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Global China’s ambitions across East Asia

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In this special edition of the Brookings Cafeteria, Lindsey Ford interviews a trio of Brookings experts on new papers from the Global China Project that focus on China's engagements with neighbors in East Asia, and how it secures its periphery.  The guest experts are Richard Bush, Jonathan Stromseth, and Lynn Kuok. Subscribe to Brookings podcasts  or , send feedback email to , and follow us and tweet us at  on Twitter. The Brookings Cafeteria is part of the .

Dec 03 2019

55mins

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How universities can help tackle global challenges

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The world faces a range of challenges, including increasing numbers of refugees, income inequality, loss of fertile land leading to rising hunger, and climate change. Governments and global institutions are addressing these problems using a variety of tools. On today's show, Maysa Jalbout explains the role that universities can play in addressing these challenges. She is a nonresident fellow in Global Economy and Development at Brookings, and is a visiting scholar and special adviser on the UN Sustainable Development Goals at both Arizona State University and the Massachusetts Institute of Technology. Subscribe to Brookings podcasts  or , send feedback email to , and follow us and tweet us at  on Twitter. The Brookings Cafeteria is part of the .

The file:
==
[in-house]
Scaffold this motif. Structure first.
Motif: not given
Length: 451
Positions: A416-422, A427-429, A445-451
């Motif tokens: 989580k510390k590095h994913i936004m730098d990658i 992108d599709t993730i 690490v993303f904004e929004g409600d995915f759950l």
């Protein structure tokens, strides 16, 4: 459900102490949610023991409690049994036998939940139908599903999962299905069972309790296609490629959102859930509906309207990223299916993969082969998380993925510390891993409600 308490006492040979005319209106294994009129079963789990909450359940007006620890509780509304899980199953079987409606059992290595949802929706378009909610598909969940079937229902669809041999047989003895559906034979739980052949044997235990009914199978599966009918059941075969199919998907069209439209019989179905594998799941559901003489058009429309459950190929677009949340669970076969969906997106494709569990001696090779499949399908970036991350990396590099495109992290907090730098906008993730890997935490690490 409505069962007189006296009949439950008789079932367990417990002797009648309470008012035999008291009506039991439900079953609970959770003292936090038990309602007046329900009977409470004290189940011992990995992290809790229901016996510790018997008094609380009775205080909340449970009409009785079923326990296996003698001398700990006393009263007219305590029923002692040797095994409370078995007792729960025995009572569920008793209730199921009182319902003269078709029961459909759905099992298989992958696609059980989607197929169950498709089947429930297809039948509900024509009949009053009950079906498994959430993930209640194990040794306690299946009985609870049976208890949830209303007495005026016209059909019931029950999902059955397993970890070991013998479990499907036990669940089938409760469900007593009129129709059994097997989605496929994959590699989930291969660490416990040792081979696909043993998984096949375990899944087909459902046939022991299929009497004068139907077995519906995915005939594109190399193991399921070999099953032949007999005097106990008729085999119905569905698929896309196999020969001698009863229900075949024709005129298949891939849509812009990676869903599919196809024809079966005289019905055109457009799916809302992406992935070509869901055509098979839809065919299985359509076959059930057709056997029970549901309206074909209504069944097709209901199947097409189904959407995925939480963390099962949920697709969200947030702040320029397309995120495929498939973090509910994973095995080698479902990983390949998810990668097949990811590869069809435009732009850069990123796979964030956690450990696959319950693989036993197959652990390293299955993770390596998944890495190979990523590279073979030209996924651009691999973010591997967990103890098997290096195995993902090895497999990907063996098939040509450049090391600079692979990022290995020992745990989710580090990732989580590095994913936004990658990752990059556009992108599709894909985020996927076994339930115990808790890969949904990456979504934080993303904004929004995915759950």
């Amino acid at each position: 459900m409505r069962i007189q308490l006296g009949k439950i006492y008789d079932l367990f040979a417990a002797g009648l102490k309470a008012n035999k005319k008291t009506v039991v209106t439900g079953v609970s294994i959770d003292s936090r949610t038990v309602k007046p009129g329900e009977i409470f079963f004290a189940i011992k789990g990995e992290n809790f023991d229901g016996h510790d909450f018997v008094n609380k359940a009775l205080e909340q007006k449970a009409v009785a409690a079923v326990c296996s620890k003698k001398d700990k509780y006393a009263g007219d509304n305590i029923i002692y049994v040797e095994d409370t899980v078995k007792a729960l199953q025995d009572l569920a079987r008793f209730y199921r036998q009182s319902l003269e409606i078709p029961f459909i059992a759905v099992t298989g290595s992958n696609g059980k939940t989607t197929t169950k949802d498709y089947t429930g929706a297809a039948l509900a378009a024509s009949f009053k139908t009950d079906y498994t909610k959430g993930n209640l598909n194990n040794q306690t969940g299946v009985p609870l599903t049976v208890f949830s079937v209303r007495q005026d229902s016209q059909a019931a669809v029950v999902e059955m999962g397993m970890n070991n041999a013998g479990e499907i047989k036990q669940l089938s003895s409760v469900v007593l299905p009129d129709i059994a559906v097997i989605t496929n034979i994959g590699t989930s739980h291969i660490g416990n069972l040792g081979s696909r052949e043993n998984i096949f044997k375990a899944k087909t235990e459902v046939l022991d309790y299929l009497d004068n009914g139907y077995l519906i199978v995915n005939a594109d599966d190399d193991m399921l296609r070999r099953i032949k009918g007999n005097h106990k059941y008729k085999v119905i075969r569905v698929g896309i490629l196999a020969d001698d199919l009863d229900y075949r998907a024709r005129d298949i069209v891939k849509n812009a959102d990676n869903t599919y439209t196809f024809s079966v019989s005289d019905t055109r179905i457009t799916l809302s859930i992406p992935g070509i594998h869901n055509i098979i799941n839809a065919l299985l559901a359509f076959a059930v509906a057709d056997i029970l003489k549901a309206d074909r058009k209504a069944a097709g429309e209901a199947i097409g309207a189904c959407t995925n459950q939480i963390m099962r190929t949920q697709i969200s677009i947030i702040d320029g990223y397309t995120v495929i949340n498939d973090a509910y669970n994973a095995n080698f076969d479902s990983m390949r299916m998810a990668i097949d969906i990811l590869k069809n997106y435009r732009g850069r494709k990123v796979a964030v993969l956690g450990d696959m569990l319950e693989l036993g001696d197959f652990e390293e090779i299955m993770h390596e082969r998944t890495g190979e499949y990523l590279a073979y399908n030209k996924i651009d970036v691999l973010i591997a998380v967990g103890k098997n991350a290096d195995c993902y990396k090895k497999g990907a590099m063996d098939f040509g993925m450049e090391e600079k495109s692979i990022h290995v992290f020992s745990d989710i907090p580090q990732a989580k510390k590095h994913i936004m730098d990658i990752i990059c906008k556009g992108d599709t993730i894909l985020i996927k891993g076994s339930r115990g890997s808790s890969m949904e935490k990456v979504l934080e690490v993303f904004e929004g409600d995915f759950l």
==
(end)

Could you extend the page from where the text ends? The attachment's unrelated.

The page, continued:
Nov 29 2019

26mins

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What it means to impeach a president

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Senior Fellow Elaine Kamarck helps make sense of the impeachment inquiry around President Donald Trump's actions regarding Ukraine in the context of impeachment’s history—from its inclusion in the US Constitution, to how impeachment was used in the cases of presidents Andrew Johnson, Richard Nixon, and Bill Clinton. Kamarck also answers the question of whether Congress should even be considering impeachment when President Trump faces re-election in less than a year.   Also on the episode, Martha Ross, a fellow in the Metropolitan Policy Program, shares her new research on the low-wage workforce—including its size, how much workers earn, and who holds low-wage jobs. Subscribe to Brookings podcasts  or , send feedback email to , and follow us and tweet us at  on Twitter. The Brookings Cafeteria is part of the .

Nov 22 2019

28mins

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The biggest health care issues of the 2020 election